Want to get the Morning Brief by email? Click here to sign up.
The Beirut port blast probe can resume after the Beirut Court of Appeals rejected lawsuits from three MPs who requested head Judge Tarek Bitar’s dismissal. Former Finance Minister Ali Hassan Khalil (Amal/Marjayoun-Hasbaya), former Public Works Minister Ghazi Zeaiter (Amal/Baalbeck-Hermel) and former Interior Minister Nohad Machnouk (Future/West Beirut) — who are all sitting MPs — had alleged negligence and maladministration on Bitar’s part. However, the court tossed out the case yesterday, ruling that it lacked jurisdiction over the matter and fining the three MPs LL800,000 each because, according to Legal Agenda, the complaints contained “arbitrary” claims. Last week, when the investigation was temporarily halted until the complaints were adjudicated, legal experts had said the claims were a frivolous attempt to stall the investigation until the MPs regain legal immunity on Oct. 19, when Parliament enters a regular session. The court’s decision came on the 14-month anniversary of the blast, and several families of the explosion’s victims gathered for a vigil, expressing their support for Bitar’s probe. “All Lebanese should make the investigation a national [priority so that] ... authorities” are not “able to avoid any serious consequences when it comes to the blood of our children,” the families said in a statement issued Monday evening.
Healthcare services at two prominent governmental hospitals have been scaled back to almost a bare minimum due to employee strikes. At Rafik Hariri University Hospital in Jnah, the leading public hospital in combating COVID-19, outpatient services, admissions and laboratory services were halted due to a strike by nurses and other staff, who demanded a three-month salary advance, 30 percent of their payments in so-called fresh US dollars and payment for overtime worked. Meanwhile, Saida Governmental Hospital employees continued a strike yesterday in front of the hospital’s emergency entrance, the NNA reported. The employees had already been striking for five days, receiving only patients with life-threatening cases. They demanded grants for their children’s schooling, a salary increase and higher transportation allowances to account for increases in gasoline prices.
Demonstrators gathered yesterday outside General Security’s Beirut headquarters to support the director Awad Awad, who was summoned for an investigation over a play that was canceled over the weekend under murky circumstances. The director was summoned after General Security prevented the closing performance of his production “Tenfiseh” from going forward. According to the security agency and Nidal Al Achkar, the director of Masrah al-Madina, where the play was to be performed, the play was supposedly suspended because the theater hadn’t obtained the proper permit to stage it. Others alleged that General Security was motivated by censorship, because earlier performances reportedly contained language considered insulting to President Michel Aoun. When Awad left his interrogation yesterday, he said he intends to get a permit and ensure the play is performed soon.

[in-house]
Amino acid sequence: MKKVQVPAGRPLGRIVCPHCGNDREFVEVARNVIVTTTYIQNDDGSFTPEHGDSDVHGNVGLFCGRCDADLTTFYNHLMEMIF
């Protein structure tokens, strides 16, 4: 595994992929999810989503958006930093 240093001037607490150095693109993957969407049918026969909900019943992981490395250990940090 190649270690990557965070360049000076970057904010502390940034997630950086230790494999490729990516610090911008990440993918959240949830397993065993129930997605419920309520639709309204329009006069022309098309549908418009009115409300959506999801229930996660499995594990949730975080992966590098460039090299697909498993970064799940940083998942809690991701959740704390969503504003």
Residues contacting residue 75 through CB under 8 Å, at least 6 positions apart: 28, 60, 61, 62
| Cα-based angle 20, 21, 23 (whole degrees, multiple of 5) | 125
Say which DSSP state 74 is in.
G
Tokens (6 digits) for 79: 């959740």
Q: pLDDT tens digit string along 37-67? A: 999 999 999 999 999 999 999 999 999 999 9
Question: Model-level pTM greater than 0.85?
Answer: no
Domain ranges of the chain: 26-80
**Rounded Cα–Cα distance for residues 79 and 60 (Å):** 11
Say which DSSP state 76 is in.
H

A Beirut-born scientist is a co-recipient of the 2021 Nobel Prize for Medicine. Ardem Patapoutian, a professor at the Scripps Research Institute in California, who is a US citizen of Lebanese-Armenian descent and an alumnus of the American University of Beirut, received the prize alongside an American named David Julias for his work on the nervous system’s role in helping our body perceive temperature and touch stimuli. Speaking after being notified of his award, Patapoutian said, “In science many times it’s the things that we take for granted that are of high interest. … One of the exciting things about [the discovery] is that it’s taking us into directions and places where we didn’t know that pressure sensing was important, and that’s one of the exciting things in the future.”
With the start of the academic year for public schools in doubt, Parliament’s Education and Culture Committee is set to meet this morning at 10:30. The start date, originally set for Sept. 27, was later pushed back to Oct. 11, but it remains unclear whether education officials will be able to resolve the issues that led to the delay, including threatened teacher strikes. Education Ministry officials are in negotiations with teachers over mitigating the effects of the crisis on their salaries and transportation costs. Most private schools have begun teaching, our sister publication L’Orient-Le Jour reports.
Want to get the Morning Brief by email? Click here to sign up.The Beirut port blast probe can resume after the Beirut Court of Appeals rejected lawsuits from three MPs who requested head Judge Tarek Bitar’s dismissal. Former Finance Minister Ali Hassan Khalil (Amal/Marjayoun-Hasbaya), former Public Works Minister Ghazi Zeaiter (Amal/Baalbeck-Hermel) and former Interior Minister Nohad Machnouk...